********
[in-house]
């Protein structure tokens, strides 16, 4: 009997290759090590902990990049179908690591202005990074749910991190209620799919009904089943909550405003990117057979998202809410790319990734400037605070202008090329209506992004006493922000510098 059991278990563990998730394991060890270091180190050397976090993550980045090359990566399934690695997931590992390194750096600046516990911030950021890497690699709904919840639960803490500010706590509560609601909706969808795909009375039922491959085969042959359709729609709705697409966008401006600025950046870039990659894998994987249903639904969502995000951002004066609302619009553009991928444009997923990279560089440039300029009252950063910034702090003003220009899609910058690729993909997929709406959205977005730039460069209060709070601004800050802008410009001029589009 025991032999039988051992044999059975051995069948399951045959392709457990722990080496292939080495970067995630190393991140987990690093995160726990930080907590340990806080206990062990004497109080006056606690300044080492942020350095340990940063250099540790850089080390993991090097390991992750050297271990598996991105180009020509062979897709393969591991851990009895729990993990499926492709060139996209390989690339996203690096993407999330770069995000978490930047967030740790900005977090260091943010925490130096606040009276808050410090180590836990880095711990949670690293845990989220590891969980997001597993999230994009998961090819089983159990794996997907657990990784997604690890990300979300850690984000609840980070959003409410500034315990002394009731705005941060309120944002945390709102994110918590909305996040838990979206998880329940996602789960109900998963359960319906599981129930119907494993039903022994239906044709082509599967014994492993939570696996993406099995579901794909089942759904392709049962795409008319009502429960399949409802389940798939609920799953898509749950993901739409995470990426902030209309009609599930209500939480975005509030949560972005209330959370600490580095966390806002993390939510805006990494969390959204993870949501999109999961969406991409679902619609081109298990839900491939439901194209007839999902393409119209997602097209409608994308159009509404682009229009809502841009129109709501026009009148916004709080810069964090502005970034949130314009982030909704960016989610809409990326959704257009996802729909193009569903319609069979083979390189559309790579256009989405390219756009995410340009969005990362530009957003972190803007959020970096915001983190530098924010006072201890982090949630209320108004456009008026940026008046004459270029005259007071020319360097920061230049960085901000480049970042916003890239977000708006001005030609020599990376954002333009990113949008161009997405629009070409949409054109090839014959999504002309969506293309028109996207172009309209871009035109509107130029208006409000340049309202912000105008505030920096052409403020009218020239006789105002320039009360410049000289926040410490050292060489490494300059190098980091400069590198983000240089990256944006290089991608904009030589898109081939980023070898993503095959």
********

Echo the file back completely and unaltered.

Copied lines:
[in-house]
């Protein structure tokens, strides 16, 4: 009997290759090590902990990049179908690591202005990074749910991190209620799919009904089943909550405003990117057979998202809410790319990734400037605070202008090329209506992004006493922000510098 059991278990563990998730394991060890270091180190050397976090993550980045090359990566399934690695997931590992390194750096600046516990911030950021890497690699709904919840639960803490500010706590509560609601909706969808795909009375039922491959085969042959359709729609709705697409966008401006600025950046870039990659894998994987249903639904969502995000951002004066609302619009553009991928444009997923990279560089440039300029009252950063910034702090003003220009899609910058690729993909997929709406959205977005730039460069209060709070601004800050802008410009001029589009 025991032999039988051992044999059975051995069948399951045959392709457990722990080496292939080495970067995630190393991140987990690093995160726990930080907590340990806080206990062990004497109080006056606690300044080492942020350095340990940063250099540790850089080390993991090097390991992750050297271990598996991105180009020509062979897709393969591991851990009895729990993990499926492709060139996209390989690339996203690096993407999330770069995000978490930047967030740790900005977090260091943010925490130096606040009276808050410090180590836990880095711990949670690293845990989220590891969980997001597993999230994009998961090819089983159990794996997907657990990784997604690890990300979300850690984000609840980070959003409410500034315990002394009731705005941060309120944002945390709102994110918590909305996040838990979206998880329940996602789960109900998963359960319906599981129930119907494993039903022994239906044709082509599967014994492993939570696996993406099995579901794909089942759904392709049962795409008319009502429960399949409802389940798939609920799953898509749950993901739409995470990426902030209309009609599930209500939480975005509030949560972005209330959370600490580095966390806002993390939510805006990494969390959204993870949501999109999961969406991409679902619609081109298990839900491939439901194209007839999902393409119209997602097209409608994308159009509404682009229009809502841009129109709501026009009148916004709080810069964090502005970034949130314009982030909704960016989610809409990326959704257009996802729909193009569903319609069979083979390189559309790579256009989405390219756009995410340009969005990362530009957003972190803007959020970096915001983190530098924010006072201890982090949630209320108004456009008026940026008046004459270029005259007071020319360097920061230049960085901000480049970042916003890239977000708006001005030609020599990376954002333009990113949008161009997405629009070409949409054109090839014959999504002309969506293309028109996207172009309209871009035109509107130029208006409000340049309202912000105008505030920096052409403020009218020239006789105002320039009360410049000289926040410490050292060489490494300059190098980091400069590198983000240089990256944006290089991608904009030589898109081939980023070898993503095959």